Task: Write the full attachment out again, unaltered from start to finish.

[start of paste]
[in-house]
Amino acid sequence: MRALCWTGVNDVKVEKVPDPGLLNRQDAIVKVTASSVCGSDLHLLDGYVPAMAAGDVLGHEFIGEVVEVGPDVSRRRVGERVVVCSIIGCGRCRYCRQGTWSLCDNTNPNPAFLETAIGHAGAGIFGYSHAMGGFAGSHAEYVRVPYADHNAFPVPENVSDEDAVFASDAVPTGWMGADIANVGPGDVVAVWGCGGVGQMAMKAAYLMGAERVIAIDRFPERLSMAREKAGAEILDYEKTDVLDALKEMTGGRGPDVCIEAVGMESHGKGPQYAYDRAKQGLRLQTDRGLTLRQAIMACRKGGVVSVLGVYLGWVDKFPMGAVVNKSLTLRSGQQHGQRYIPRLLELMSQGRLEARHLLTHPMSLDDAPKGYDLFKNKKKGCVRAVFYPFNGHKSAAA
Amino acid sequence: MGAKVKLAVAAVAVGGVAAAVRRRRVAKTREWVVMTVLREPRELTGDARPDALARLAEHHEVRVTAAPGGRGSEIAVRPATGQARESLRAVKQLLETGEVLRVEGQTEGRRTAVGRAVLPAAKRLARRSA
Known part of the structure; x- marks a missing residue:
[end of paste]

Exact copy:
[in-house]
Amino acid sequence: MRALCWTGVNDVKVEKVPDPGLLNRQDAIVKVTASSVCGSDLHLLDGYVPAMAAGDVLGHEFIGEVVEVGPDVSRRRVGERVVVCSIIGCGRCRYCRQGTWSLCDNTNPNPAFLETAIGHAGAGIFGYSHAMGGFAGSHAEYVRVPYADHNAFPVPENVSDEDAVFASDAVPTGWMGADIANVGPGDVVAVWGCGGVGQMAMKAAYLMGAERVIAIDRFPERLSMAREKAGAEILDYEKTDVLDALKEMTGGRGPDVCIEAVGMESHGKGPQYAYDRAKQGLRLQTDRGLTLRQAIMACRKGGVVSVLGVYLGWVDKFPMGAVVNKSLTLRSGQQHGQRYIPRLLELMSQGRLEARHLLTHPMSLDDAPKGYDLFKNKKKGCVRAVFYPFNGHKSAAA
Amino acid sequence: MGAKVKLAVAAVAVGGVAAAVRRRRVAKTREWVVMTVLREPRELTGDARPDALARLAEHHEVRVTAAPGGRGSEIAVRPATGQARESLRAVKQLLETGEVLRVEGQTEGRRTAVGRAVLPAAKRLARRSA
Known part of the structure; x- marks a missing residue: